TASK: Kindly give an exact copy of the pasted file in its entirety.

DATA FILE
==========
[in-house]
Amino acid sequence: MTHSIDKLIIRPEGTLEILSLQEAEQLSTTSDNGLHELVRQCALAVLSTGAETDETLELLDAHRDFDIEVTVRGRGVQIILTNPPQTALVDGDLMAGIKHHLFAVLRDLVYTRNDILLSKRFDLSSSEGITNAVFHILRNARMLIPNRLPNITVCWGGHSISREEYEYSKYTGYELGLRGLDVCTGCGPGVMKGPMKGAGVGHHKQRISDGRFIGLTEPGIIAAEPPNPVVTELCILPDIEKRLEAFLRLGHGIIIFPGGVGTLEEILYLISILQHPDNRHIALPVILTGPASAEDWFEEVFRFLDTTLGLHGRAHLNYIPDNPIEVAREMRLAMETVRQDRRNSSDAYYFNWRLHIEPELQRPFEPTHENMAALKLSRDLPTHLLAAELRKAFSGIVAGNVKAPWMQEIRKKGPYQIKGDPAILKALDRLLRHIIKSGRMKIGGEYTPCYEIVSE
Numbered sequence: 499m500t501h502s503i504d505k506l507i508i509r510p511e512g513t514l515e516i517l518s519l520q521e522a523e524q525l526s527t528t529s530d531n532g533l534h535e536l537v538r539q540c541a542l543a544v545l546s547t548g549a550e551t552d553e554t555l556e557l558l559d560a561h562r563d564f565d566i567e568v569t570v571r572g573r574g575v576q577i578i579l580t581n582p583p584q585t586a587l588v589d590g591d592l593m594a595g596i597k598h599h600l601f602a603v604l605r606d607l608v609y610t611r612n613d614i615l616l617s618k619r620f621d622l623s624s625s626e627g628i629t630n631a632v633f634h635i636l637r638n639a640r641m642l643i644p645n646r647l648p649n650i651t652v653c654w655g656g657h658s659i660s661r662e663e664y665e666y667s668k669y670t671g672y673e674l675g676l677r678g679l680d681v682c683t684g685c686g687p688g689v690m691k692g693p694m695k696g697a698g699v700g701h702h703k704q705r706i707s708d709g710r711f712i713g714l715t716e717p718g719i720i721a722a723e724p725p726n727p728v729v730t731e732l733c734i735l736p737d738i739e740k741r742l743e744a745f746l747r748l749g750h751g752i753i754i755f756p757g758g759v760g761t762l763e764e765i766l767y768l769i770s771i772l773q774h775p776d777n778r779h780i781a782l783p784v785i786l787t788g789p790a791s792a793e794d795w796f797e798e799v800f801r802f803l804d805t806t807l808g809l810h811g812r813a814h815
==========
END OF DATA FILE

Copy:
[in-house]
Amino acid sequence: MTHSIDKLIIRPEGTLEILSLQEAEQLSTTSDNGLHELVRQCALAVLSTGAETDETLELLDAHRDFDIEVTVRGRGVQIILTNPPQTALVDGDLMAGIKHHLFAVLRDLVYTRNDILLSKRFDLSSSEGITNAVFHILRNARMLIPNRLPNITVCWGGHSISREEYEYSKYTGYELGLRGLDVCTGCGPGVMKGPMKGAGVGHHKQRISDGRFIGLTEPGIIAAEPPNPVVTELCILPDIEKRLEAFLRLGHGIIIFPGGVGTLEEILYLISILQHPDNRHIALPVILTGPASAEDWFEEVFRFLDTTLGLHGRAHLNYIPDNPIEVAREMRLAMETVRQDRRNSSDAYYFNWRLHIEPELQRPFEPTHENMAALKLSRDLPTHLLAAELRKAFSGIVAGNVKAPWMQEIRKKGPYQIKGDPAILKALDRLLRHIIKSGRMKIGGEYTPCYEIVSE
Numbered sequence: 499m500t501h502s503i504d505k506l507i508i509r510p511e512g513t514l515e516i517l518s519l520q521e522a523e524q525l526s527t528t529s530d531n532g533l534h535e536l537v538r539q540c541a542l543a544v545l546s547t548g549a550e551t552d553e554t555l556e557l558l559d560a561h562r563d564f565d566i567e568v569t570v571r572g573r574g575v576q577i578i579l580t581n582p583p584q585t586a587l588v589d590g591d592l593m594a595g596i597k598h599h600l601f602a603v604l605r606d607l608v609y610t611r612n613d614i615l616l617s618k619r620f621d622l623s624s625s626e627g628i629t630n631a632v633f634h635i636l637r638n639a640r641m642l643i644p645n646r647l648p649n650i651t652v653c654w655g656g657h658s659i660s661r662e663e664y665e666y667s668k669y670t671g672y673e674l675g676l677r678g679l680d681v682c683t684g685c686g687p688g689v690m691k692g693p694m695k696g697a698g699v700g701h702h703k704q705r706i707s708d709g710r711f712i713g714l715t716e717p718g719i720i721a722a723e724p725p726n727p728v729v730t731e732l733c734i735l736p737d738i739e740k741r742l743e744a745f746l747r748l749g750h751g752i753i754i755f756p757g758g759v760g761t762l763e764e765i766l767y768l769i770s771i772l773q774h775p776d777n778r779h780i781a782l783p784v785i786l787t788g789p790a791s792a793e794d795w796f797e798e799v800f801r802f803l804d805t806t807l808g809l810h811g812r813a814h815